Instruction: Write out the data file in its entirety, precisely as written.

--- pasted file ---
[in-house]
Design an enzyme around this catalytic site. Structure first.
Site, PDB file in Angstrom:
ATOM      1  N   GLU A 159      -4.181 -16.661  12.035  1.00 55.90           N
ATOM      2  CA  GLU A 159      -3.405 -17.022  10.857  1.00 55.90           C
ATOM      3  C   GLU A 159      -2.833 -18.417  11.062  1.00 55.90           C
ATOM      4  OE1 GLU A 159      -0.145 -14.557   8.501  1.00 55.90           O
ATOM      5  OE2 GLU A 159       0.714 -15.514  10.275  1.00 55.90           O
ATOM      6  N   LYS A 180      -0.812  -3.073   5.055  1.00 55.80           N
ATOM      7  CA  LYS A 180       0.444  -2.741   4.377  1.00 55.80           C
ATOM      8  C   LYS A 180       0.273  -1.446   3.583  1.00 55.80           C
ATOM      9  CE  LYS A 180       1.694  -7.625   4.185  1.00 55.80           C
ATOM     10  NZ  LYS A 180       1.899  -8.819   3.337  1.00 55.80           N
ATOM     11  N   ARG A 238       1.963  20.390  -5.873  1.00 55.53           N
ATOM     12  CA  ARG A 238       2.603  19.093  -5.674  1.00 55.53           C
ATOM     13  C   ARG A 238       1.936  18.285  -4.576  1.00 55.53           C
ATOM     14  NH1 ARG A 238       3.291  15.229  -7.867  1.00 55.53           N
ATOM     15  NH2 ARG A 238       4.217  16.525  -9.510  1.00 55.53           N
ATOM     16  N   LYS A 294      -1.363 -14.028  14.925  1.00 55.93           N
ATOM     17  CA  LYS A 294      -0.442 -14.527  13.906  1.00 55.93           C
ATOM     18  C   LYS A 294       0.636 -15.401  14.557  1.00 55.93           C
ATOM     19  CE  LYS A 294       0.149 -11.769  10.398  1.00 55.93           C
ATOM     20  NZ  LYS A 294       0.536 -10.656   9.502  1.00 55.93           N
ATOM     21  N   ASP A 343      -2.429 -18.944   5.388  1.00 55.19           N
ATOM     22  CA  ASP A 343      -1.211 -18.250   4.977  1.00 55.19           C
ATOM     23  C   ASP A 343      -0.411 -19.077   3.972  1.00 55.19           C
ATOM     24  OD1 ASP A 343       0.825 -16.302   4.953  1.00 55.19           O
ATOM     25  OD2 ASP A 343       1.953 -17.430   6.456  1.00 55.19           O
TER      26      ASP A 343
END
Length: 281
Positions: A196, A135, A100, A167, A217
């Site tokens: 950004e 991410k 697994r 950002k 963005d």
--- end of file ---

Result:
[in-house]
Design an enzyme around this catalytic site. Structure first.
Site, PDB file in Angstrom:
ATOM      1  N   GLU A 159      -4.181 -16.661  12.035  1.00 55.90           N
ATOM      2  CA  GLU A 159      -3.405 -17.022  10.857  1.00 55.90           C
ATOM      3  C   GLU A 159      -2.833 -18.417  11.062  1.00 55.90           C
ATOM      4  OE1 GLU A 159      -0.145 -14.557   8.501  1.00 55.90           O
ATOM      5  OE2 GLU A 159       0.714 -15.514  10.275  1.00 55.90           O
ATOM      6  N   LYS A 180      -0.812  -3.073   5.055  1.00 55.80           N
ATOM      7  CA  LYS A 180       0.444  -2.741   4.377  1.00 55.80           C
ATOM      8  C   LYS A 180       0.273  -1.446   3.583  1.00 55.80           C
ATOM      9  CE  LYS A 180       1.694  -7.625   4.185  1.00 55.80           C
ATOM     10  NZ  LYS A 180       1.899  -8.819   3.337  1.00 55.80           N
ATOM     11  N   ARG A 238       1.963  20.390  -5.873  1.00 55.53           N
ATOM     12  CA  ARG A 238       2.603  19.093  -5.674  1.00 55.53           C
ATOM     13  C   ARG A 238       1.936  18.285  -4.576  1.00 55.53           C
ATOM     14  NH1 ARG A 238       3.291  15.229  -7.867  1.00 55.53           N
ATOM     15  NH2 ARG A 238       4.217  16.525  -9.510  1.00 55.53           N
ATOM     16  N   LYS A 294      -1.363 -14.028  14.925  1.00 55.93           N
ATOM     17  CA  LYS A 294      -0.442 -14.527  13.906  1.00 55.93           C
ATOM     18  C   LYS A 294       0.636 -15.401  14.557  1.00 55.93           C
ATOM     19  CE  LYS A 294       0.149 -11.769  10.398  1.00 55.93           C
ATOM     20  NZ  LYS A 294       0.536 -10.656   9.502  1.00 55.93           N
ATOM     21  N   ASP A 343      -2.429 -18.944   5.388  1.00 55.19           N
ATOM     22  CA  ASP A 343      -1.211 -18.250   4.977  1.00 55.19           C
ATOM     23  C   ASP A 343      -0.411 -19.077   3.972  1.00 55.19           C
ATOM     24  OD1 ASP A 343       0.825 -16.302   4.953  1.00 55.19           O
ATOM     25  OD2 ASP A 343       1.953 -17.430   6.456  1.00 55.19           O
TER      26      ASP A 343
END
Length: 281
Positions: A196, A135, A100, A167, A217
């Site tokens: 950004e 991410k 697994r 950002k 963005d």